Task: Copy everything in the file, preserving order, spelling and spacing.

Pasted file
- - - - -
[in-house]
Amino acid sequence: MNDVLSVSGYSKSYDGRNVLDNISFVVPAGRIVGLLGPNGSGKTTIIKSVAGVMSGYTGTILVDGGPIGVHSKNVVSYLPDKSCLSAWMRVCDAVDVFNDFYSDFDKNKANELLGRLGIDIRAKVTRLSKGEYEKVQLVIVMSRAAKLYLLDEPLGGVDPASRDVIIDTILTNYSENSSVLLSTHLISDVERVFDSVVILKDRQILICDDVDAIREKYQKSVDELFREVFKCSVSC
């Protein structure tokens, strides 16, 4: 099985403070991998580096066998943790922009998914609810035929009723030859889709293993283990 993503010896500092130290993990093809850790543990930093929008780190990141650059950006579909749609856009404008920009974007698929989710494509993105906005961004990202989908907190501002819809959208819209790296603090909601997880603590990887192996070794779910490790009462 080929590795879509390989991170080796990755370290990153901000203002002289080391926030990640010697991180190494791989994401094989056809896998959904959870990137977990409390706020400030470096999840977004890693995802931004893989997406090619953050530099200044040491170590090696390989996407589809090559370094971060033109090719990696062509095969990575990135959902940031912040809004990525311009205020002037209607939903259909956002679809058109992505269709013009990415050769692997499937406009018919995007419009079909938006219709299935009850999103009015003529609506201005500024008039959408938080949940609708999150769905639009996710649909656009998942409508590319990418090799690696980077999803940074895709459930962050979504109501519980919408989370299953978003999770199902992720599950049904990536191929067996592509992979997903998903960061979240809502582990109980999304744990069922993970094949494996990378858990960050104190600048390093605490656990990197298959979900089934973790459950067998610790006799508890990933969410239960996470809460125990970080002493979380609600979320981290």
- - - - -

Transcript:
[in-house]
Amino acid sequence: MNDVLSVSGYSKSYDGRNVLDNISFVVPAGRIVGLLGPNGSGKTTIIKSVAGVMSGYTGTILVDGGPIGVHSKNVVSYLPDKSCLSAWMRVCDAVDVFNDFYSDFDKNKANELLGRLGIDIRAKVTRLSKGEYEKVQLVIVMSRAAKLYLLDEPLGGVDPASRDVIIDTILTNYSENSSVLLSTHLISDVERVFDSVVILKDRQILICDDVDAIREKYQKSVDELFREVFKCSVSC
């Protein structure tokens, strides 16, 4: 099985403070991998580096066998943790922009998914609810035929009723030859889709293993283990 993503010896500092130290993990093809850790543990930093929008780190990141650059950006579909749609856009404008920009974007698929989710494509993105906005961004990202989908907190501002819809959208819209790296603090909601997880603590990887192996070794779910490790009462 080929590795879509390989991170080796990755370290990153901000203002002289080391926030990640010697991180190494791989994401094989056809896998959904959870990137977990409390706020400030470096999840977004890693995802931004893989997406090619953050530099200044040491170590090696390989996407589809090559370094971060033109090719990696062509095969990575990135959902940031912040809004990525311009205020002037209607939903259909956002679809058109992505269709013009990415050769692997499937406009018919995007419009079909938006219709299935009850999103009015003529609506201005500024008039959408938080949940609708999150769905639009996710649909656009998942409508590319990418090799690696980077999803940074895709459930962050979504109501519980919408989370299953978003999770199902992720599950049904990536191929067996592509992979997903998903960061979240809502582990109980999304744990069922993970094949494996990378858990960050104190600048390093605490656990990197298959979900089934973790459950067998610790006799508890990933969410239960996470809460125990970080002493979380609600979320981290």